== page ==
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Whether you’re in high school, college, or exploring post-grad life, you and your friends want to be there for one another in the good times and the bad, and that means advocating for health and wellness however you can. Mental health is a part of taking care of your overall health, and that goes for both you and everybody around you. School can be stressful, which means it’s more important than ever to be able to rely on your support system. If you’re in school right now, you might be in search of the best ways to advocate for your own mental health and the mental health of your friends.
There are so many great ways to practice mental health advocacy in your life and in your friend group. If you’re looking for ways to make your friend group a healthy and welcoming space for everyone involved, there are so many techniques you can put into practice. Here are a few ways you can become an advocate for mental health.
1. Practice Self Care
Practicing self care is a great way to encourage those around you to do the same and setting a great example for your friends. Self care can take many forms, and whatever it means to you and your friends, you can encourage one another to care for yourselves. You are who you surround yourself with, after all. Plus, you can only help others after you’ve helped yourself, so self care is crucial.
2. Talk Openly About Mental Health
Another great method for advocating for mental health among your friends is starting open and honest conversations around mental health. While it can be hard to speak openly about your mental state all the time, talking about mental health with those close to you can help you process things and feel less alone — and that goes for everybody.
3. Be a Good Listener
In addition to the talking part, the listening part is also an important feature when it comes to mental health advocacy. When your friends come to you for help with something, listen to them and hear them out. Sometimes just being seen and heard is enough to make someone feel a little bit better about their situation.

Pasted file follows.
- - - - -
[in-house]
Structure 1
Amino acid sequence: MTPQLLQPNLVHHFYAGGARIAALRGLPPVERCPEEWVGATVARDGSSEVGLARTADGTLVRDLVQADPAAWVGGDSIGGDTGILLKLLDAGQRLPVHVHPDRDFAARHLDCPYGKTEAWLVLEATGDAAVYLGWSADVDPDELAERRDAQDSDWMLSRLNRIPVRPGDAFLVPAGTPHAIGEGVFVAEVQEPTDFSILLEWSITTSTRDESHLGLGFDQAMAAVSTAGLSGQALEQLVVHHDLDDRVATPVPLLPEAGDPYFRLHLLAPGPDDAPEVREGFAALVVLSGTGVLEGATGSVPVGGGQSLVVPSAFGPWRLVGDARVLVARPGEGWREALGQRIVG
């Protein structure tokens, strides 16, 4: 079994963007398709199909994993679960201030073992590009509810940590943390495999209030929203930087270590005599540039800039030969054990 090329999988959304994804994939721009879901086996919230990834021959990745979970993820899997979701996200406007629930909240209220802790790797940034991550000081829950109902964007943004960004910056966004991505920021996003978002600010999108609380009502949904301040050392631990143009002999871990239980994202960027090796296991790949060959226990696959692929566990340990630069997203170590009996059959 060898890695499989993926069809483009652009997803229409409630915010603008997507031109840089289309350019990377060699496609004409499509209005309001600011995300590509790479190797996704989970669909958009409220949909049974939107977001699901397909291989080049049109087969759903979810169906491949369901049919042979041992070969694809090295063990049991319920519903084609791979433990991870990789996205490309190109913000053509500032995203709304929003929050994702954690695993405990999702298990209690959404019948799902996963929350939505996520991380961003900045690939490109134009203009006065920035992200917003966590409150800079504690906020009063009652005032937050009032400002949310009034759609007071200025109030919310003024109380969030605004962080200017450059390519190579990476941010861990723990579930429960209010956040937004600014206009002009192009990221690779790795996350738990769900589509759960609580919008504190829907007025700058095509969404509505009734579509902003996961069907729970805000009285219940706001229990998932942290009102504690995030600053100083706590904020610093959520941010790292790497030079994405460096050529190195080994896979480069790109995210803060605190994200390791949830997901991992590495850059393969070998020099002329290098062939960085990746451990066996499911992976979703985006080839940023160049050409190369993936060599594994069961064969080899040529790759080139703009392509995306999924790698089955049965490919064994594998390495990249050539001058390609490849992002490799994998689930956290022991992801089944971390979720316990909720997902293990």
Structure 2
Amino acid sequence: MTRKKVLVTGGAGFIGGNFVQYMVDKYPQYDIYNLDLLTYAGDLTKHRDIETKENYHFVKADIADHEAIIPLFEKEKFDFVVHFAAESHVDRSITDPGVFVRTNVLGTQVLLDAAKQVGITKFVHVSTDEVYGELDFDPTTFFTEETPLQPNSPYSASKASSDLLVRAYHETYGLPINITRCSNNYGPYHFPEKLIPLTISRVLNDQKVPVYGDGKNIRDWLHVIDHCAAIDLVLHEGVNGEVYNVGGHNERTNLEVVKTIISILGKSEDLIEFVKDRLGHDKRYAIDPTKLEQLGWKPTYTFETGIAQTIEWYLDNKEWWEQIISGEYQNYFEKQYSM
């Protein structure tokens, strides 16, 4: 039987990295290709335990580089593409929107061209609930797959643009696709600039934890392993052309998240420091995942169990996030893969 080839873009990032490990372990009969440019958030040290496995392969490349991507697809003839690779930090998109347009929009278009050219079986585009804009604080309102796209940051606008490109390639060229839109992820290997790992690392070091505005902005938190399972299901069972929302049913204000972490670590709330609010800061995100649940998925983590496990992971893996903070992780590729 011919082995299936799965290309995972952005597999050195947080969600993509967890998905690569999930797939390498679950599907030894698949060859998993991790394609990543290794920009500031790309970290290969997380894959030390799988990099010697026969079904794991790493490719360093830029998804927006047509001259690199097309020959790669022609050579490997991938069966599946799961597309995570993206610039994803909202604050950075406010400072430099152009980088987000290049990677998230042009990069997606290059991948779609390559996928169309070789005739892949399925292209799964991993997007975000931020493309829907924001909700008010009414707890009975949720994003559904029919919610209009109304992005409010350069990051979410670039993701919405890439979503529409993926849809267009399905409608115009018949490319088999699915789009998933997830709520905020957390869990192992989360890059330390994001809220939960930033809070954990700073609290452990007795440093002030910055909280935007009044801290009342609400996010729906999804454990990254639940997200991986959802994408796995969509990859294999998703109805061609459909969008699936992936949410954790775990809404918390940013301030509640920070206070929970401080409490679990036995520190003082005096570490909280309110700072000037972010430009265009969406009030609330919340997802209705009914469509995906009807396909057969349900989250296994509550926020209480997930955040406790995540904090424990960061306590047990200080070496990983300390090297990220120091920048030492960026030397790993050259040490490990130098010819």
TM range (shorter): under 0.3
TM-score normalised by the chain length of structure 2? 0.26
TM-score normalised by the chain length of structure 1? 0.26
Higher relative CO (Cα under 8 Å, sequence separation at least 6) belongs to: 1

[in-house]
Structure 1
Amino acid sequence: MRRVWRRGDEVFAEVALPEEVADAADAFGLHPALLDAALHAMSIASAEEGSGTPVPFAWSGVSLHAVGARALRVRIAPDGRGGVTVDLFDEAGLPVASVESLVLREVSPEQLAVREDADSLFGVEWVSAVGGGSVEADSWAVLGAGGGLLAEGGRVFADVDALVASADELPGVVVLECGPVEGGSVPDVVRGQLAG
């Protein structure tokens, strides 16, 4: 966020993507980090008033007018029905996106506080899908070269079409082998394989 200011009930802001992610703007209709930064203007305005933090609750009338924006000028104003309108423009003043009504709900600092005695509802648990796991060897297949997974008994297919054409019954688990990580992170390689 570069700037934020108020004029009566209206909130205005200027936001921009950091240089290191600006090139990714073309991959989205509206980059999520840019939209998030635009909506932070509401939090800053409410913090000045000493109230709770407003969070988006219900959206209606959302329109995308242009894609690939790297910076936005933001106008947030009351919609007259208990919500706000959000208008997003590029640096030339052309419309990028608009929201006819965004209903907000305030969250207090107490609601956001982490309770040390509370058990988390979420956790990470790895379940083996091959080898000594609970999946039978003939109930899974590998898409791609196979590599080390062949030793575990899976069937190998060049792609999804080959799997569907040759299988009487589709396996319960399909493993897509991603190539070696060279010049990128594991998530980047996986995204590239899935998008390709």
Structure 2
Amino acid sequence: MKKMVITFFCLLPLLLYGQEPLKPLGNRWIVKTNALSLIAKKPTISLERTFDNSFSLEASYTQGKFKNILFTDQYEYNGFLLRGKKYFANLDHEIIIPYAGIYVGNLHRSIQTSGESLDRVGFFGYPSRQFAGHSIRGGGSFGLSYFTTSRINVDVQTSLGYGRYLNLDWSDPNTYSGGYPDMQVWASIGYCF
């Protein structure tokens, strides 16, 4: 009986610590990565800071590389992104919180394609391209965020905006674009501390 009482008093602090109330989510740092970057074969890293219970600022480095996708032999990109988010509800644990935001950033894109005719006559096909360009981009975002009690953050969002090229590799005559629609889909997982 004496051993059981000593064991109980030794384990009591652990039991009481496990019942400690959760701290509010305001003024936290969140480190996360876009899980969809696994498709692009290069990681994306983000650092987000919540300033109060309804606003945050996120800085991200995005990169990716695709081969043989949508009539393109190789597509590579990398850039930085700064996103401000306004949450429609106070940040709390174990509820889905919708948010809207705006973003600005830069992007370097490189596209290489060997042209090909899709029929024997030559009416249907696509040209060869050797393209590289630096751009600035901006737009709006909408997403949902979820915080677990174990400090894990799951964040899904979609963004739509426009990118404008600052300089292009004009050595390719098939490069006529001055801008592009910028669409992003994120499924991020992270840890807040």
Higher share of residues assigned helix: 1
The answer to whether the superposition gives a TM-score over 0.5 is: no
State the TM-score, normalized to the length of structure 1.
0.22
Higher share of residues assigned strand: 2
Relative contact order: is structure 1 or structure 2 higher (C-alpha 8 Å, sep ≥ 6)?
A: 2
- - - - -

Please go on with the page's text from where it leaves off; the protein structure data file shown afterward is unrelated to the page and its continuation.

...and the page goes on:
4. Go to Appointments Together
If your friends happen to be going through counseling — on or off campus — or if they need moral support when attending therapy or group sessions, accompanying them is a great way to encourage the positive developments they’re making. Seeking help can sometimes be hard, and offering your moral support or suggestions for mental health resources can mean a lot, especially for those who experience anxiety and might not go on their own.
5. Ask Your Friends What They Need
If you’re in a position to do so, you can always ask your friends exactly what they need in terms of support. We can’t always be mind readers, and often, positive support is all about communication and honesty. If your friend is in need of support, ask them exactly how you can help. Everyone’s needs are different, and they can even change from day to day when someone is in a tough situation. When you ask and communicate openly, you can do a lot of good.
6. Participate in Wellness Centered Activities
Being an advocate for mental health might sound like it can only take one form, but that’s far from the truth. There are so many ways to experience mental wellness, and since the body and mind are connected, those methods include overall wellness activities. Taking hikes, spending leisure time together, cooking healthy meals to enjoy, making art, and volunteering are all great ways to bring wellness into your lives, and doing those things together can hold you accountable to keep the habit going.
7. Spread Positivity When You Can
While this one might seem a bit simple, it’s actually highly beneficial. Spreading positivity can mean a multitude of things, from uplifting words of affirmation to being a comforting presence in your friends’ lives. While you don’t want to participate in toxic positivity — which involves discouraging the expression of any negative thoughts and emotions — being kind and uplifting is a great way to create a happy presence in the lives of those around you.
Becoming a Mental Health Advocate
There are so many ways to be there for your friends, whether you’re in school or you’ve graduated. Advocating for the mental health and wellness of those around you is one of the most important ways you can support your friends — and one of the best ways they can support you, too. How do you and your friends advocate for each others’ mental health?